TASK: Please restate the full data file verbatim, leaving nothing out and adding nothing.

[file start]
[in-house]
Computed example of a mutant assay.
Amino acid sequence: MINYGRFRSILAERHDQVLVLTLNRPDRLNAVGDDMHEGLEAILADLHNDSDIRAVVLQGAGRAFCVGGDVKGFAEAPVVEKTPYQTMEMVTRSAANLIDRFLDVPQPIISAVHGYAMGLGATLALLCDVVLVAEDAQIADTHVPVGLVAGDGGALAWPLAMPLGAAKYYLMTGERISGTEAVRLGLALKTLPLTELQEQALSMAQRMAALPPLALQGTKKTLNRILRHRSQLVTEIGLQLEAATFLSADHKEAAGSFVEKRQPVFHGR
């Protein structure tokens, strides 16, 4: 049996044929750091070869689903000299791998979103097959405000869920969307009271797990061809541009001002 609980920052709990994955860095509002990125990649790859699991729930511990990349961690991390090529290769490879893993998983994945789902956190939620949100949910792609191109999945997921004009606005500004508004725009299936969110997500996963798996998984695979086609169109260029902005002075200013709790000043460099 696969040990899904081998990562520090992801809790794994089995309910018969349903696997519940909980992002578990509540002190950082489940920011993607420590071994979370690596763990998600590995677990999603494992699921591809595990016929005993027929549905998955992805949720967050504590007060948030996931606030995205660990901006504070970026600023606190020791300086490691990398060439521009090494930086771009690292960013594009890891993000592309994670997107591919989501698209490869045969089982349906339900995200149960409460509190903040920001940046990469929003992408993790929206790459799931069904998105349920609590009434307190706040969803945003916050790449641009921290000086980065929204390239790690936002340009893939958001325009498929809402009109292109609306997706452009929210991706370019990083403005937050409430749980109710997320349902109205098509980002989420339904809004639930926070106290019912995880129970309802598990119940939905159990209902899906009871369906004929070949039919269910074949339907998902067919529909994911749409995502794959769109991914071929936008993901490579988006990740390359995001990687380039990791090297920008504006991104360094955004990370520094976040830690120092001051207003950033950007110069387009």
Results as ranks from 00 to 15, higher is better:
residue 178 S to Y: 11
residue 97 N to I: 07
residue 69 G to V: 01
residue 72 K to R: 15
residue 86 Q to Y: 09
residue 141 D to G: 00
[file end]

[in-house]
Computed example of a mutant assay.
Amino acid sequence: MINYGRFRSILAERHDQVLVLTLNRPDRLNAVGDDMHEGLEAILADLHNDSDIRAVVLQGAGRAFCVGGDVKGFAEAPVVEKTPYQTMEMVTRSAANLIDRFLDVPQPIISAVHGYAMGLGATLALLCDVVLVAEDAQIADTHVPVGLVAGDGGALAWPLAMPLGAAKYYLMTGERISGTEAVRLGLALKTLPLTELQEQALSMAQRMAALPPLALQGTKKTLNRILRHRSQLVTEIGLQLEAATFLSADHKEAAGSFVEKRQPVFHGR
């Protein structure tokens, strides 16, 4: 049996044929750091070869689903000299791998979103097959405000869920969307009271797990061809541009001002 609980920052709990994955860095509002990125990649790859699991729930511990990349961690991390090529290769490879893993998983994945789902956190939620949100949910792609191109999945997921004009606005500004508004725009299936969110997500996963798996998984695979086609169109260029902005002075200013709790000043460099 696969040990899904081998990562520090992801809790794994089995309910018969349903696997519940909980992002578990509540002190950082489940920011993607420590071994979370690596763990998600590995677990999603494992699921591809595990016929005993027929549905998955992805949720967050504590007060948030996931606030995205660990901006504070970026600023606190020791300086490691990398060439521009090494930086771009690292960013594009890891993000592309994670997107591919989501698209490869045969089982349906339900995200149960409460509190903040920001940046990469929003992408993790929206790459799931069904998105349920609590009434307190706040969803945003916050790449641009921290000086980065929204390239790690936002340009893939958001325009498929809402009109292109609306997706452009929210991706370019990083403005937050409430749980109710997320349902109205098509980002989420339904809004639930926070106290019912995880129970309802598990119940939905159990209902899906009871369906004929070949039919269910074949339907998902067919529909994911749409995502794959769109991914071929936008993901490579988006990740390359995001990687380039990791090297920008504006991104360094955004990370520094976040830690120092001051207003950033950007110069387009």
Results as ranks from 00 to 15, higher is better:
residue 178 S to Y: 11
residue 97 N to I: 07
residue 69 G to V: 01
residue 72 K to R: 15
residue 86 Q to Y: 09
residue 141 D to G: 00